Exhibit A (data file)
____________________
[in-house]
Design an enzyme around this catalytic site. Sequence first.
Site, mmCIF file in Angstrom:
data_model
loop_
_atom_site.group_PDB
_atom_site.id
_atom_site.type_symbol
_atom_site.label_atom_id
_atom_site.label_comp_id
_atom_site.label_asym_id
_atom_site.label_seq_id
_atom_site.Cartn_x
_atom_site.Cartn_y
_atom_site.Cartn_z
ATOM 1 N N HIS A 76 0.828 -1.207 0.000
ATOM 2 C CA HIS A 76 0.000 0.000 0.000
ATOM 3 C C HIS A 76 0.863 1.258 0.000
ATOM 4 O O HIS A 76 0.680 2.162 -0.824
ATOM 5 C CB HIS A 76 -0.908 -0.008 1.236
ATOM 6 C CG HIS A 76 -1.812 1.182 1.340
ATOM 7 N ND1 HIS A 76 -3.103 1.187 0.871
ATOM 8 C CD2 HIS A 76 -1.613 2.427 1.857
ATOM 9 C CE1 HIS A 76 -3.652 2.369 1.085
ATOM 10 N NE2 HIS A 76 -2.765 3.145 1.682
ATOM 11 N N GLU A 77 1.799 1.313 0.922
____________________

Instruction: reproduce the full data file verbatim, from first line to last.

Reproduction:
[in-house]
Design an enzyme around this catalytic site. Sequence first.
Site, mmCIF file in Angstrom:
data_model
loop_
_atom_site.group_PDB
_atom_site.id
_atom_site.type_symbol
_atom_site.label_atom_id
_atom_site.label_comp_id
_atom_site.label_asym_id
_atom_site.label_seq_id
_atom_site.Cartn_x
_atom_site.Cartn_y
_atom_site.Cartn_z
ATOM 1 N N HIS A 76 0.828 -1.207 0.000
ATOM 2 C CA HIS A 76 0.000 0.000 0.000
ATOM 3 C C HIS A 76 0.863 1.258 0.000
ATOM 4 O O HIS A 76 0.680 2.162 -0.824
ATOM 5 C CB HIS A 76 -0.908 -0.008 1.236
ATOM 6 C CG HIS A 76 -1.812 1.182 1.340
ATOM 7 N ND1 HIS A 76 -3.103 1.187 0.871
ATOM 8 C CD2 HIS A 76 -1.613 2.427 1.857
ATOM 9 C CE1 HIS A 76 -3.652 2.369 1.085
ATOM 10 N NE2 HIS A 76 -2.765 3.145 1.682
ATOM 11 N N GLU A 77 1.799 1.313 0.922